Friday, January 18, 2013
As the preview screening of Guillermo del Toro's horror film Mama, came closer and closer, the more I was tempted to cancel my reservation out of fear. As previously mentioned, I'm too susceptible to supernatural movies. I think it's because I believe that ANYTHING no matter how far fetched or out of this world, is possible. And this open-mindedness, combined with living alone, can really set my imagination working over-time.
But to my relief and disappointment. MAMA isn't very scary. It's creepy, and at times disturbing, but it certainly doesn't have that melancholy, haunting, can't shake it feeling of The Orphanage, nor is it darkly sinister. The movie is based on a short story and the thing about all short stories, what makes them work, whether they be ghostly in nature or not, is you go into them without much background, and you leave a short story with a lot of unanswered questions. When a writer, in this case, Neil Cross, Andrés Muschietti (writer/director) and Barbara Muschietti, decides to expand on a short story, it often becomes watered down to a point where it's no longer effective. I believe that's what happened with this film.
The movie begins with a radio news alert that a wealthy executive is wanted for the shooting of his business partners and estranged wife. We see a disheveled, good looking man in his late 30's come to an affluent home and hastily gather up his two daughters ages 5 and 10 months.
The little girl playing young Victoria, the eldest daughter (Morgan McGarry), is the most angelic, sober little actress. Look at that face!
The father quickly puts the girls in the backseat and sets out for no where in particular, just trying to get away, but it's snowing and he's driving very fast and erratically and in a short time slides off an embankment and crashes the car. He and the children abandon the car and walk through the woods and happen upon a cabin. I won't spoil what happens next, but cut to 5 years later and the father's brother, Lucas, played by the same actor (Nikolaj Coster-Waldau) has used up all of his brother's money looking for him and his nieces. 5 years! This is crazy because it was snowing when the brother's car went off the road. The skid marks would be easy for anyone to find; but especially this man wanted for kidnapping and murder, the police wouldn't have been far behind. Plus, a 5 year-old and a man carrying a baby, didn't walk that far into the woods. The only way this plot would have worked is if the ghost cloaked the cabin or it's occupants, so that searchers couldn't see it or them.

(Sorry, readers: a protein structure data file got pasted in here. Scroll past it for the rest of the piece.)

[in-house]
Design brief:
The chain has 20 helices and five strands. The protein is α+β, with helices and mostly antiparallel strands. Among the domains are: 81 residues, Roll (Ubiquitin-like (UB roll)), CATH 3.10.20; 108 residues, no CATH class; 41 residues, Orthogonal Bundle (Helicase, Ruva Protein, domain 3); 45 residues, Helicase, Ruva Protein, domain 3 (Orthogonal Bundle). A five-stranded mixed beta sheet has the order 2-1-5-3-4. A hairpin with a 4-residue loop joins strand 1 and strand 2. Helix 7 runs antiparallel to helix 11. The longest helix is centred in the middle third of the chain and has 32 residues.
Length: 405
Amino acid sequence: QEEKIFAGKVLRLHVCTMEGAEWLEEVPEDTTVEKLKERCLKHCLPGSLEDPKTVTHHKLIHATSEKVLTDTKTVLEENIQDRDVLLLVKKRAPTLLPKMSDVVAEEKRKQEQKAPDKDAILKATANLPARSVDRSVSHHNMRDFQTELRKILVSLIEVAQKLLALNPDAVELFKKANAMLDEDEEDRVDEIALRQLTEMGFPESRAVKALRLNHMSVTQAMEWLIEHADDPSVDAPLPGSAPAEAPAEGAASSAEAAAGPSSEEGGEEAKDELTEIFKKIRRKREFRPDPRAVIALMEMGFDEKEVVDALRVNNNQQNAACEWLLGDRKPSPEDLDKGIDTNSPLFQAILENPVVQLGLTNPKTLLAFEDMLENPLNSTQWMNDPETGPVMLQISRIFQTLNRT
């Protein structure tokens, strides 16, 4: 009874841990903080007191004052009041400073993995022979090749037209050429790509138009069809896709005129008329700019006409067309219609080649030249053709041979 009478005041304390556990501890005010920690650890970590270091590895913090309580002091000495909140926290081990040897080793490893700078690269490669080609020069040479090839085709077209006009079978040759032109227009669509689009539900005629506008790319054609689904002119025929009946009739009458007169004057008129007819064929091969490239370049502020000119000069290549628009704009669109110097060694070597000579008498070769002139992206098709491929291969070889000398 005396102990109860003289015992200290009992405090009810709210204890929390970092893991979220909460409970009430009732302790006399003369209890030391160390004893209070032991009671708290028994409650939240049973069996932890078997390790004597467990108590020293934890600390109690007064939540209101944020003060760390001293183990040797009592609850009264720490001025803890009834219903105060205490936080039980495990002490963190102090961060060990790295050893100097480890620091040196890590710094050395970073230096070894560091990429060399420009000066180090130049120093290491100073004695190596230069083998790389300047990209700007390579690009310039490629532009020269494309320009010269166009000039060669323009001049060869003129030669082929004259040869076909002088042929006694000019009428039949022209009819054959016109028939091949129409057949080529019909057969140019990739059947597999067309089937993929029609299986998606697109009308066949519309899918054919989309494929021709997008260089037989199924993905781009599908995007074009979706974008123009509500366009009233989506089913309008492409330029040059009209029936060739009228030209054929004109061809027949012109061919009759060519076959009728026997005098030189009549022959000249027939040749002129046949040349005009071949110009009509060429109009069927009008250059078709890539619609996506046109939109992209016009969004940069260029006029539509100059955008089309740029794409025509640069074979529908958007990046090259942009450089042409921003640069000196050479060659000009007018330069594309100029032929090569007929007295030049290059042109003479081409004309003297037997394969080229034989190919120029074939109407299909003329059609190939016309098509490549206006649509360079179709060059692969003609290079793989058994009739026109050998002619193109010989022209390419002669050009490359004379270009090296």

What I like about the plot is Jessica Chastain's character, Annabel, she's the live-in girlfriend of Lucas. She accepts his obsession over finding his nieces, but isn't really invested in it. She's a rock musician with an edge and short on sentimentality. She's not looking to be mother of the year, or interested in the experiment of healing two wild things; she agrees to raising them basically cause she's not yet done with being with their uncle. This outlook provides good scenes involving the growth of her relationship with the girls.
What I don't like is the casting of Chastain. Don't get me wrong, I'm a fan of her looks and acting talent, but she's already over-exposed. I would have preferred to see an actress that really has that harder edge, and one that wouldn't have needed to wear such a bad wig. Someone like Ellen Page or a Rose McGowan type, maybe even Megan Fox.
The main two missing ingredient as to why this film Mama isn't as frightening as the trailers portends - we see Mama too much. She/it starts to look slightly cartoonish. And the children are not frightening, not after leaving the cabin. "Outdoorsy" as Annabel describes them, but they are not very freaky. Nothing freaks me out like freaky kids - how about that girl from The Bad Seed?
Victoria (Megan Charpentier) and Lilly (Isabelle Nélisse) are torn between loyalty to Mama and living their new existence, but Mama has not possessed them. And I'm not sure why Victoria's glasses are so significant. Her father makes a point of grabbing the girl's eyewear before leaving the house; her glasses break in the crash; the first thing Lucas gives Victoria when the girls are found are eye glasses, Victoria takes them off when Mama is around; Mama at one point removes the offending spectacles... I suppose they just represent Victoria having one foot in the supernatural world and one in reality; but it feels like the glasses or lack of them, should somehow play a part in the climax.
Anyway, I really don't want to run the movie down. The storytelling through the children's artwork is effective. The pop of color on black and white for the flashback scenes are creative. The film on the whole is very watchable and keeps you tense and interested. In fact, while I was watching the movie and immediately after, I felt like it was good; but upon closer inspection, the flaws come into view. I apologize if I've ruined anyone's anticipation of seeing Mama. Hope you'll still see it, and then let me know what you think!
Philly Film Blog